I assured her that I had no such design, and that I should vastly regret disturbing Mr. Theobald's habits or convictions. On the contrary, I was alarmed about him, and I should immediately go in search of him. She gave me his address, and a florid account of her sufferings at his non-appearance. She had not been to him for various reasons; chiefly because she was afraid of displeasing him, as he had always made such a mystery of his home. "You might have sent this gentleman!" I ventured to suggest.

"Ah," cried the gentleman, "he admires the Signora Serafina, but he wouldn't admire me." And then, confidentially, with his finger on his nose, "He's a purist!"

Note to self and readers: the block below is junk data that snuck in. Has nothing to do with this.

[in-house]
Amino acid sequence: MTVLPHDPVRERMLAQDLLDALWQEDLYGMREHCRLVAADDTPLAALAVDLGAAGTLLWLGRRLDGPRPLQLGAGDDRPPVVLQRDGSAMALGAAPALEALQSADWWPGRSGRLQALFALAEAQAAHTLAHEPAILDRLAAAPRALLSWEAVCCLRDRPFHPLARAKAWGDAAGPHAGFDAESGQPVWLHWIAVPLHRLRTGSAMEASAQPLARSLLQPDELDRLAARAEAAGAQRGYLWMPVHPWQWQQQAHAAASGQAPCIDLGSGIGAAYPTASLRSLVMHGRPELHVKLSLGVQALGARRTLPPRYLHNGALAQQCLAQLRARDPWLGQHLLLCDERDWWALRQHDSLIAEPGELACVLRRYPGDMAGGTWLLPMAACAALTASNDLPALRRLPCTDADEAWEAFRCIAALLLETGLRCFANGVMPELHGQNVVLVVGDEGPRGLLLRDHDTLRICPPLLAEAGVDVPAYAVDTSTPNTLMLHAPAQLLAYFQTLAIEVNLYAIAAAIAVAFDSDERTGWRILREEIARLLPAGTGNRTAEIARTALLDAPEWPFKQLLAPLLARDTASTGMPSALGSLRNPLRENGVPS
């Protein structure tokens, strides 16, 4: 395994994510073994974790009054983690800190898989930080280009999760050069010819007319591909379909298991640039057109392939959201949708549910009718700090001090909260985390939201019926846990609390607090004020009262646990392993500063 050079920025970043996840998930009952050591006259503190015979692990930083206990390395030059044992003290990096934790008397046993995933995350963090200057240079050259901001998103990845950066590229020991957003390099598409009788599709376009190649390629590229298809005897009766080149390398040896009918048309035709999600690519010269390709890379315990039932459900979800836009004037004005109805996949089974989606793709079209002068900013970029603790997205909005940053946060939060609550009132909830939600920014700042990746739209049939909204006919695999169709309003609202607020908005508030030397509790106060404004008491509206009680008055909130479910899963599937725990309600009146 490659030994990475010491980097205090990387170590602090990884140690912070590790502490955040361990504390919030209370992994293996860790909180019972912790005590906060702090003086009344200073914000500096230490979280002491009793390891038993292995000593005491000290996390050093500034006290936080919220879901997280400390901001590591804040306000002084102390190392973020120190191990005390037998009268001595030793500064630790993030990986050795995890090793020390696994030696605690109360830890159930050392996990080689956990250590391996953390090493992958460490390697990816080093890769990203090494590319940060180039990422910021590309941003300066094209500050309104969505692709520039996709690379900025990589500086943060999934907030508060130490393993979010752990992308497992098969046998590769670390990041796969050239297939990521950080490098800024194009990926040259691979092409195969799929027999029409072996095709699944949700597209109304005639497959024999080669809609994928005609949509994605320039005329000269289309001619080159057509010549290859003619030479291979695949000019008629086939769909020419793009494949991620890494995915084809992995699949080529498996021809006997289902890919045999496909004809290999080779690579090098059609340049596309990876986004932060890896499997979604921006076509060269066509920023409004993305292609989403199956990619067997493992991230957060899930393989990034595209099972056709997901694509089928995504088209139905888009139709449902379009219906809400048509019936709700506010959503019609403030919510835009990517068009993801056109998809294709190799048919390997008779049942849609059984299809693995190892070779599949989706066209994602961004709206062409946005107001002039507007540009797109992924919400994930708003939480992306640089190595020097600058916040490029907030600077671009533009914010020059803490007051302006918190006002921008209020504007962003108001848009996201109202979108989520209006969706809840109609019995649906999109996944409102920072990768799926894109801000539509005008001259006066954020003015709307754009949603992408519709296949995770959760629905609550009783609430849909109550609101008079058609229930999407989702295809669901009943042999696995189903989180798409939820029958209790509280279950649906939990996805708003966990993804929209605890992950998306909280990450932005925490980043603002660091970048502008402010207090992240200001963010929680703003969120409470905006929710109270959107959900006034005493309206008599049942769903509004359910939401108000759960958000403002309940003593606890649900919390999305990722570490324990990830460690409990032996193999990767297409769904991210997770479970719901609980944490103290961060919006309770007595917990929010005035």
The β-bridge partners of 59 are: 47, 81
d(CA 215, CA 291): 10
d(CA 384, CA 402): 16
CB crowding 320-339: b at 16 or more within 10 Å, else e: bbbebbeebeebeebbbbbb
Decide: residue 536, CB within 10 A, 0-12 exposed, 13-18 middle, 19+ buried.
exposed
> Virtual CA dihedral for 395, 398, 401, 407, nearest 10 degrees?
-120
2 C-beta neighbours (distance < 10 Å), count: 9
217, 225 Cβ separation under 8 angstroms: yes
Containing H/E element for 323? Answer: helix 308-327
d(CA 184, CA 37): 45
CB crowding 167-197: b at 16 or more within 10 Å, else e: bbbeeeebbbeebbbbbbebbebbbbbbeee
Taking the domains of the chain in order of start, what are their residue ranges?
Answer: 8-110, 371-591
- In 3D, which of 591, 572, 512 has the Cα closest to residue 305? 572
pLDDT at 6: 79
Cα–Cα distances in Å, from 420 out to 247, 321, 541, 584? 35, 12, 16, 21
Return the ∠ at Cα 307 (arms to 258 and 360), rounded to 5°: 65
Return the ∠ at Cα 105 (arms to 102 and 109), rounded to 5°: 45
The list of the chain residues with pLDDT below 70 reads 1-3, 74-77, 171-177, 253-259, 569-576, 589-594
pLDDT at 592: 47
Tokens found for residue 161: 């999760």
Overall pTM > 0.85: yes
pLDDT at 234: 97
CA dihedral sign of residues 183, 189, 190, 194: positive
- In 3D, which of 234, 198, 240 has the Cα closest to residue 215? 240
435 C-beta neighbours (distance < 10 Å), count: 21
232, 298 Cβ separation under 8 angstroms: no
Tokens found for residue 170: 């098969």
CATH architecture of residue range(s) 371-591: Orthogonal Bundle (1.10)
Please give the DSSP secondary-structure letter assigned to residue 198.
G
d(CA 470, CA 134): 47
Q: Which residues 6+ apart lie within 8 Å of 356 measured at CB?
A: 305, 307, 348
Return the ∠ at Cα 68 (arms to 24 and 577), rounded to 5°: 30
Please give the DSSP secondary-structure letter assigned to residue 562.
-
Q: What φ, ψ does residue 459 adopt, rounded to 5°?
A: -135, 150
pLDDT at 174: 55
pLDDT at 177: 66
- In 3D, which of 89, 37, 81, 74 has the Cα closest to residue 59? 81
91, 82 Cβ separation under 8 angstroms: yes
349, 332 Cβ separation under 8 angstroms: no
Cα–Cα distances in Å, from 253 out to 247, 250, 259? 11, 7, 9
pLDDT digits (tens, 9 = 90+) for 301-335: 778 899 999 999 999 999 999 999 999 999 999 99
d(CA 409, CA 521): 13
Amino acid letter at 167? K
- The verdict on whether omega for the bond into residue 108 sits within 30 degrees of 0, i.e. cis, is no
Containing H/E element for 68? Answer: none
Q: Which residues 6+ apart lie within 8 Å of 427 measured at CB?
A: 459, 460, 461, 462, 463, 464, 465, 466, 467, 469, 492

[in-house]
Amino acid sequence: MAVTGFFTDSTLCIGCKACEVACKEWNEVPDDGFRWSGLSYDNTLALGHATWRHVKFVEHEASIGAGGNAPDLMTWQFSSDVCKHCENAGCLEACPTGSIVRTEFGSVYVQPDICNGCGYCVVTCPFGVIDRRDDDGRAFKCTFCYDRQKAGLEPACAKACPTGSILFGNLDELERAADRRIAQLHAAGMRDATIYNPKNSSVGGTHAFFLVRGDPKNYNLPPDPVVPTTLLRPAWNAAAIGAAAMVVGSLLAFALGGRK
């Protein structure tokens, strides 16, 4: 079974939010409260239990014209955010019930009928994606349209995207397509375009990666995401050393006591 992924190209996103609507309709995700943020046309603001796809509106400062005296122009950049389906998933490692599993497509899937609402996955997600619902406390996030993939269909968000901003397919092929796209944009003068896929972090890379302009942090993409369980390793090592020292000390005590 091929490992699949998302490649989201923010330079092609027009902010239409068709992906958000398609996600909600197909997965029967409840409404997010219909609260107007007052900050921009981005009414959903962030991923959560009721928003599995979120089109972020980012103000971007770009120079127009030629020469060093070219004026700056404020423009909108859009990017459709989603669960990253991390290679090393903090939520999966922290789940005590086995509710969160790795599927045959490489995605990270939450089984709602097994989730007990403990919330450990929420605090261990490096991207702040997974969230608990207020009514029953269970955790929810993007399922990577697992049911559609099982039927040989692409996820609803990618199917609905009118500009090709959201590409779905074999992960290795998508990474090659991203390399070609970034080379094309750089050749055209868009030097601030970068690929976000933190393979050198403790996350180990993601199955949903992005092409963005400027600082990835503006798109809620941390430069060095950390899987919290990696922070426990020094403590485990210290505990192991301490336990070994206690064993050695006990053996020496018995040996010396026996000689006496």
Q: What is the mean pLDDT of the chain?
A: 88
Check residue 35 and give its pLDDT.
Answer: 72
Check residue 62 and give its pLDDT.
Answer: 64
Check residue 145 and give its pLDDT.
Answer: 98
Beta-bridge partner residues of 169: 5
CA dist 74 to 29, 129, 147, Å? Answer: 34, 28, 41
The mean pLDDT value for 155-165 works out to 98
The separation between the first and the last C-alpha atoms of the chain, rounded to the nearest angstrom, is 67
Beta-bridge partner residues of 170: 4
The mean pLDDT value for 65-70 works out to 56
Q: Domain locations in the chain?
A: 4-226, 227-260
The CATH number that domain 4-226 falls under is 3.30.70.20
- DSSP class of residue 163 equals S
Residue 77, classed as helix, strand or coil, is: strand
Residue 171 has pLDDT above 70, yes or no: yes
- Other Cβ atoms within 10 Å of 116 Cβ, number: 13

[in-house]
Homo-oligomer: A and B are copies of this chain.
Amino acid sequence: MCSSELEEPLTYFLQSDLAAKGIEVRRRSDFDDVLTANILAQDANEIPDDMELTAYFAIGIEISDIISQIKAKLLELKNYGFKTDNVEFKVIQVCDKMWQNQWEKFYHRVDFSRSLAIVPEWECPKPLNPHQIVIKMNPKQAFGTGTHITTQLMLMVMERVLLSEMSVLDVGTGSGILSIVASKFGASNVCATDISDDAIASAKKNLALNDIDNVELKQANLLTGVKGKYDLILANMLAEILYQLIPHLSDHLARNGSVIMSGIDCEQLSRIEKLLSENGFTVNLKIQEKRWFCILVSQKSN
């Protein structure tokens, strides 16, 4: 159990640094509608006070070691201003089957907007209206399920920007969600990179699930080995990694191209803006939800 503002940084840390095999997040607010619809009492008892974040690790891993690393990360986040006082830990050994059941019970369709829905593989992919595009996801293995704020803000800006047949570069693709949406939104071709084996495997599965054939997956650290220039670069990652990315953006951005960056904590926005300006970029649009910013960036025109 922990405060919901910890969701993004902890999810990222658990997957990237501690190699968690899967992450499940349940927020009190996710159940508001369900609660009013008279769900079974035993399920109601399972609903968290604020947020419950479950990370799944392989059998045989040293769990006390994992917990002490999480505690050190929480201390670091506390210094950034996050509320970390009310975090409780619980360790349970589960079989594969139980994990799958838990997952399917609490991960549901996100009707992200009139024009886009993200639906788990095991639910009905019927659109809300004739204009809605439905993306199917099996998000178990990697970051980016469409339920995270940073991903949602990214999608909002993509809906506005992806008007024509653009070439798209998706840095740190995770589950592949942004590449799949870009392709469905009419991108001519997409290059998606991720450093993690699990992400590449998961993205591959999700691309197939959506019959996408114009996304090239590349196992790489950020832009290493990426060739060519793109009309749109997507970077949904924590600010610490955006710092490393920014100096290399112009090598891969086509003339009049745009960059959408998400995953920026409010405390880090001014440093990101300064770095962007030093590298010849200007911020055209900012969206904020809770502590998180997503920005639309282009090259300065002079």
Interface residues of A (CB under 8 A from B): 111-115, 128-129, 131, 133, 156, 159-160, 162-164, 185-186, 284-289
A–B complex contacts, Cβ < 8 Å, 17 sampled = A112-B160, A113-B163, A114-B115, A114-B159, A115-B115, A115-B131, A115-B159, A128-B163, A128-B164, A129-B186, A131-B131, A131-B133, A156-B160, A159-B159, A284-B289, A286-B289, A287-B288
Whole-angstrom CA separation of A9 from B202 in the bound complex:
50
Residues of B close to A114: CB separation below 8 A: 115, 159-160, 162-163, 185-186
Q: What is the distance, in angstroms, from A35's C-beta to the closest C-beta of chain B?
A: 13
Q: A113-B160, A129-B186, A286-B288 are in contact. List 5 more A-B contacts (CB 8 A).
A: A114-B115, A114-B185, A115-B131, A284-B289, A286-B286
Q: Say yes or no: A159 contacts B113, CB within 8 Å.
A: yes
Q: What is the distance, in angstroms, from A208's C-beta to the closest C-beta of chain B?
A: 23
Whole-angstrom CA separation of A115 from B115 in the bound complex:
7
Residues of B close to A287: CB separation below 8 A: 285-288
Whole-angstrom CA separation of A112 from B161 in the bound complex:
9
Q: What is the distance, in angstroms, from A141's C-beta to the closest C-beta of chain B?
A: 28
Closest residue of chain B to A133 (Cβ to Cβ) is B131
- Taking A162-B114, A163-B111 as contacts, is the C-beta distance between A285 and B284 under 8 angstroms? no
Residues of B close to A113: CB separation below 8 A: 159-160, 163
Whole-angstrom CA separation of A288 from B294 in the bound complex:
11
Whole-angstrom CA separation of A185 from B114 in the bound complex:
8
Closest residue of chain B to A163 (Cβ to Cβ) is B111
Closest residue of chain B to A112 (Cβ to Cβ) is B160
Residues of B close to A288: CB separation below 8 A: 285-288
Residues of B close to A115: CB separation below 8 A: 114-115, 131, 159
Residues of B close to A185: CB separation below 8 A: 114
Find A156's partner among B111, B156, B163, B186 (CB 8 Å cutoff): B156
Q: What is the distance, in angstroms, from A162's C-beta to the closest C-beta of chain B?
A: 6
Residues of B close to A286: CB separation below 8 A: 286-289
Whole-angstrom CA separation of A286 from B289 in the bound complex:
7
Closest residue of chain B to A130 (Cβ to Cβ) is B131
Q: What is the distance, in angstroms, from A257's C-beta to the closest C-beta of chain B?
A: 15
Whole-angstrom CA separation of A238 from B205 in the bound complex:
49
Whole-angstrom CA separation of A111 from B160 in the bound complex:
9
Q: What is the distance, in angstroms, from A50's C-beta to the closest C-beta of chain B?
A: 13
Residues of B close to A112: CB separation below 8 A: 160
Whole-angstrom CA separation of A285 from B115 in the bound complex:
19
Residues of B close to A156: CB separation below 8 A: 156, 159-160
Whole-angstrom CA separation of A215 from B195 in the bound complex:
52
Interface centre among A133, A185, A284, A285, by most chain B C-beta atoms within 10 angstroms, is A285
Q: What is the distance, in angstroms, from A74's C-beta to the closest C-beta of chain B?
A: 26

I was about to withdraw, after having promised that I would inform the Signora Serafina of my friend's condition, when her companion, who had risen from table and girded his loins apparently for the onset, grasped me gently by the arm, and led me before the row of statuettes. "I perceive by your conversation, signore, that you are a patron of the arts. Allow me to request your honourable attention for these modest products of my own ingenuity. They are brand-new, fresh from my atelier, and have never been exhibited in public. I have brought them here to receive the verdict of this dear lady, who is a good critic, for all she may pretend to the contrary. I am the inventor of this peculiar style of statuette--of subject, manner, material, everything. Touch them, I pray you; handle them freely-- you needn't fear. Delicate as they look, it is impossible they should break! My various creations have met with great success. They are especially admired by Americans. I have sent them all over Europe--to London, Paris, Vienna! You may have observed some little specimens in Paris, on the Boulevard, in a shop of which they constitute the specialty. There is always a crowd about the window. They form a very pleasing ornament for the mantel-shelf of a gay young bachelor, for the boudoir of a pretty woman. You couldn't make a prettier present to a person with whom you wished to exchange a harmless joke. It is not classic art, signore, of course; but, between ourselves, isn't classic art sometimes rather a bore? Caricature, burlesque, la charge, as the French say, has hitherto been confined to paper, to the pen and pencil. Now, it has been my inspiration to introduce it into statuary. For this purpose I have invented a peculiar plastic compound which you will permit me not to divulge. That's my secret, signore! It's as light, you perceive, as cork, and yet as firm as alabaster! I frankly confess that I really pride myself as much on this little stroke of chemical ingenuity as upon the other element of novelty in my creations--my types. What do you say to my types, signore? The idea is bold; does it strike you as happy? Cats and monkeys--monkeys and cats--all human life is there! Human life, of course, I mean, viewed with the eye of the satirist! To combine sculpture and satire, signore, has been my unprecedented ambition. I flatter myself that I have not egregiously failed."